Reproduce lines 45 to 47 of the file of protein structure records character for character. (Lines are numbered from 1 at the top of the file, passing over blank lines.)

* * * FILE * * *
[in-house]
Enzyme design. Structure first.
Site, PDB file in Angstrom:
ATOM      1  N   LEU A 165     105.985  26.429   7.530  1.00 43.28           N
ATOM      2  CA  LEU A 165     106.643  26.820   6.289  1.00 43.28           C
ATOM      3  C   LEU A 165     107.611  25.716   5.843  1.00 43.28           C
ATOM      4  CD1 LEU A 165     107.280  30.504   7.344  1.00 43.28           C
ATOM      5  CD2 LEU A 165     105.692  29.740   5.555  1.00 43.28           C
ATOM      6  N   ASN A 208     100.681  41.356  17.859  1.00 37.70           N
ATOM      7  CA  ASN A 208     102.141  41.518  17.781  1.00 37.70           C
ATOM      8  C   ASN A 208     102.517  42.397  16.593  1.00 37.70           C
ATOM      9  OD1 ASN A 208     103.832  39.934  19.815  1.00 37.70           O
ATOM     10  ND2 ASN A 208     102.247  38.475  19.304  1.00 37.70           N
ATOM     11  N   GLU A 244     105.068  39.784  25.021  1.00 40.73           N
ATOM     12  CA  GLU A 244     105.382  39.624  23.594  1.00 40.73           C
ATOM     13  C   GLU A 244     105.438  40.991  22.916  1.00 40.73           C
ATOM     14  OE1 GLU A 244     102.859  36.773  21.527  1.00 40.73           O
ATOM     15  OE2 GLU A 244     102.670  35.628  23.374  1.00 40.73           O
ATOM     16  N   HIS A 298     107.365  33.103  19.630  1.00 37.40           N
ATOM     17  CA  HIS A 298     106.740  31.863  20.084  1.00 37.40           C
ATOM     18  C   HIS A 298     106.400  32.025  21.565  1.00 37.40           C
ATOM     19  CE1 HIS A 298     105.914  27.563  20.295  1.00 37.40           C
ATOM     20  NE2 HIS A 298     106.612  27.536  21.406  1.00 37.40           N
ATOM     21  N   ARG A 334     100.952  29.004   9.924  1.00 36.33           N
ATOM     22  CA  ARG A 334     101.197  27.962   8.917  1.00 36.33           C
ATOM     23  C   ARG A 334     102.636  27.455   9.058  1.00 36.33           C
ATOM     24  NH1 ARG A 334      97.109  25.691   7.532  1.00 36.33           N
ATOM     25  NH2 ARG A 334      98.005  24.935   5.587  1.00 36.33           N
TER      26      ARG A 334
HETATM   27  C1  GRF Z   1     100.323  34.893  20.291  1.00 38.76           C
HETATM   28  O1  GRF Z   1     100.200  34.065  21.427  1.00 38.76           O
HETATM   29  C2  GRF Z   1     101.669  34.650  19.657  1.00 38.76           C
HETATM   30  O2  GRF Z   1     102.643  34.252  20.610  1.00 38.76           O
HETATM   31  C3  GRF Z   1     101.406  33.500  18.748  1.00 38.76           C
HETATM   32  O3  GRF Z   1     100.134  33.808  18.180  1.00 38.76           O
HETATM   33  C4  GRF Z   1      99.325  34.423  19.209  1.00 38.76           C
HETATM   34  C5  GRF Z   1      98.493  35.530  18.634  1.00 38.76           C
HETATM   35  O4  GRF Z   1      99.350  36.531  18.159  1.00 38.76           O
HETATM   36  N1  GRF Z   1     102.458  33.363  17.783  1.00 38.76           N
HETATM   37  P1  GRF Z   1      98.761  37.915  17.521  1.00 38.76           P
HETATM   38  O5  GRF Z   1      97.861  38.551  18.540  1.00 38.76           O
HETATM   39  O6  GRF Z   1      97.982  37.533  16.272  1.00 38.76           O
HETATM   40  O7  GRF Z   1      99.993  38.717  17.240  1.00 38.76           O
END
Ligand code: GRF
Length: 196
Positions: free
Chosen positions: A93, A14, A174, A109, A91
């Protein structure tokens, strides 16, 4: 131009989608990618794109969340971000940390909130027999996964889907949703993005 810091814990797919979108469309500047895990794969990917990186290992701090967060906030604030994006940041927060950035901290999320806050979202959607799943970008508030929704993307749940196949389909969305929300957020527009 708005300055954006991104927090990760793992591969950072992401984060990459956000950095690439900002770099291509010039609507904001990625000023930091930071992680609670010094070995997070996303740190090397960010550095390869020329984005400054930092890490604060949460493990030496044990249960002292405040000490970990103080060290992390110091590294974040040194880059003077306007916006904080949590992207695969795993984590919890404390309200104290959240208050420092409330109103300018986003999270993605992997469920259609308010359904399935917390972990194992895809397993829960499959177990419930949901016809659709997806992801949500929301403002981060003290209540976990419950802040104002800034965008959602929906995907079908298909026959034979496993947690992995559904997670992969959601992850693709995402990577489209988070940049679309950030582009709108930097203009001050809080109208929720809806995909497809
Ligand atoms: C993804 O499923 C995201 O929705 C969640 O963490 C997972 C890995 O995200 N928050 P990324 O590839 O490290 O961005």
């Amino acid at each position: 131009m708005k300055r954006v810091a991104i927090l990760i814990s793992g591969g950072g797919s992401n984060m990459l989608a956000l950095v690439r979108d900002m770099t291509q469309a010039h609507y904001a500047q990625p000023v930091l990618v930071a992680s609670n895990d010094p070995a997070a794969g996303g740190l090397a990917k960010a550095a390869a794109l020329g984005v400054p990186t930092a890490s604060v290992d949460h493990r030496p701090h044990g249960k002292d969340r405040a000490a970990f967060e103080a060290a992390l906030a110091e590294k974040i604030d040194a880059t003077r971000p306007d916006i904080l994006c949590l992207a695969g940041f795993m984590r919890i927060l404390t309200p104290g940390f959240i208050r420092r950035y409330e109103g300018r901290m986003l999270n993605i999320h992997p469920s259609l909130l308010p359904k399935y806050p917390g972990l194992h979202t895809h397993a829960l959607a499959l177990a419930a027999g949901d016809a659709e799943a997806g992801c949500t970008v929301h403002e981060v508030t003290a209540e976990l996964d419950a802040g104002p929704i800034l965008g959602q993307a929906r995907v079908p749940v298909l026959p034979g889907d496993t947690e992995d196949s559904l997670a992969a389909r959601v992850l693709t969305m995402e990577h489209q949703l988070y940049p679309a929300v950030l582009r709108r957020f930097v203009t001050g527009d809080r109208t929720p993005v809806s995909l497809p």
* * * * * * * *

Ligand code: GRF
Length: 196
Positions: free